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I wonder if the Stackoverflow community could help me by suggesting a technology (i.e. HBase, Raiku, Cassandra, etc.) that would solve my problem. I have a large dataset which we would like to update and query in real-time which is of the order of 10s of terabytes. Our dataset is a pixel stream which contains a user ID and one or more features (usually around 10). The total possible features number in the millions.

We are imagining our data model would look like:

FEATUREID_TO_USER_TABLE: Feature id -> {UserID Hash, UserID Hash, ...}

FEATUREID_TO_COUNTER_TABLE: feature id -> { Hour of since epic -> HyperLogLog byte blob }

We would like to keep a sorted set of User IDs sorted by the hash of the User ID. We also like to keep at most ~200k for each FEATUREID_TO_USER_TABLE entry evicting old IDs if a new ID has a lower hash value.

We would like the store to support the following operations (not necessarily expressed in SQL):

select FeatureID, count(FeatureID) from FEATUREID_TO_USER_TABLE where UserID in 
(select UserID from FEATUREID_TO_USER_TABLE where FeatureID = 1234)
    group by FeatureID;


update FEATUREID_TO_COUNTER_TABLE set HyperLogLog = NewBinaryValue where = 567

We believe the easiest way to shard this data across machines is by User ID.

Thanks for any ideas, Mark

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Cassandra is a great choice for persisting the data, but you'll want something else for processing it in real-time. I recommend you check out Storm, as it gives you real-time streaming data processing with relative ease. It's an open source framework that handles concurrency and parallelization for you. It's written on the JVM, but has language bindings for a variety of non-JVM languages as well.

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I am not sure I understand your whole description though so I am shooting in the dark a bit on context.

Is there any way to partition your data so you can query into a partition? This helps alot with scalability and querying as you scale. You typically don't want to query into toooo large a table so instead query into a partition.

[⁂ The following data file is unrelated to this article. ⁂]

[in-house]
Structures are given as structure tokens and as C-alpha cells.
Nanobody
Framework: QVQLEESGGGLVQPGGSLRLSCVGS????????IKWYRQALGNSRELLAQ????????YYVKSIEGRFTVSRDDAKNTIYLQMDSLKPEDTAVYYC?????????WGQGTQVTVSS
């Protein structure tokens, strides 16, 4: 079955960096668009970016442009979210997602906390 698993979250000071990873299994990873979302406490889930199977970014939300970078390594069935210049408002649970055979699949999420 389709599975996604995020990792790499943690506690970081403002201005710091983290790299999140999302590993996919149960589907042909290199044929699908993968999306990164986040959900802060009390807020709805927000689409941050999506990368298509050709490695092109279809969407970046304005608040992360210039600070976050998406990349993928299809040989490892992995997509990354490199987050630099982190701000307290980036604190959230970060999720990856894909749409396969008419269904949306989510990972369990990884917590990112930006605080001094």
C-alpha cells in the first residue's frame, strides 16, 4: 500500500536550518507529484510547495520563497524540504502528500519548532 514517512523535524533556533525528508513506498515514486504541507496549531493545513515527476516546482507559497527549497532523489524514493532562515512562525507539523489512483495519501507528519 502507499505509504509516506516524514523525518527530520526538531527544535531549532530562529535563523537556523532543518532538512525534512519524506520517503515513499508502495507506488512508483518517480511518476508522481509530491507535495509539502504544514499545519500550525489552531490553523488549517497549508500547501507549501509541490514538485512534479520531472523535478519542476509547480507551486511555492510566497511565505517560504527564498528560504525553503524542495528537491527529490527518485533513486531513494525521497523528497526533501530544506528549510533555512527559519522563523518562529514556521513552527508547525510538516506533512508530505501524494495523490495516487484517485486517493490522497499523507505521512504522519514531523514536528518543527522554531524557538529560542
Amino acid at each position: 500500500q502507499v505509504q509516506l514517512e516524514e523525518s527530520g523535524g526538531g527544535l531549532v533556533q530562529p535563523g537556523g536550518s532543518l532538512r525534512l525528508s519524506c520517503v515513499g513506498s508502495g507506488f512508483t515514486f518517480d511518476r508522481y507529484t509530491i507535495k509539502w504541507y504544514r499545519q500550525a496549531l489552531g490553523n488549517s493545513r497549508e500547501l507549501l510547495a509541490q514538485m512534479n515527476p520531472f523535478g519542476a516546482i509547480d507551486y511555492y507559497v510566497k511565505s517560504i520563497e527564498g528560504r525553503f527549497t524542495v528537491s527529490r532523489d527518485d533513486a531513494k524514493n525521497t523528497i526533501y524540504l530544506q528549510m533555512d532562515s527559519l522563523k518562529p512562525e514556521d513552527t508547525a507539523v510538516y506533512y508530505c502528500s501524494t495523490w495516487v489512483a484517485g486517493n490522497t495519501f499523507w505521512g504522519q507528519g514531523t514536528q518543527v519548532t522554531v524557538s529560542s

ie. PlayOrm has partitioning capabilities on cassandra so you can query one partition.

While PlayOrm does also have join queries, it does not do subselects at this time but typically clients just do a first call into the nosql store and then aggregate results and do a second query and it is still very very fast(probably as fast as if you made one call as even cassandra would have to make two calls internally to the other servers anyways).

hmmm, the more I read your post, I am not sure you should write SQL there as you may be able to do everything by primary key but I am not 100% sure. That SQL is confusing as it grabs all the user ids in the row it seems and then just counts them???? as it is the same table in both select and subselect?

As far as sharding your data, you don't need to do anything since cassandra does that automatically.

share|improve this answer
Thanks for the responses! I blundered my original SQL example a bit - I just corrected it. Basically I want to be able to do intersections of says "users who have FeatureID A" with the users of who have FeatureID B. The complicated part is I'd like to keep a sketched set of userIDs by some sort of hash AND I like to intersect a large number of features. – Mark Oct 10 '12 at 23:37

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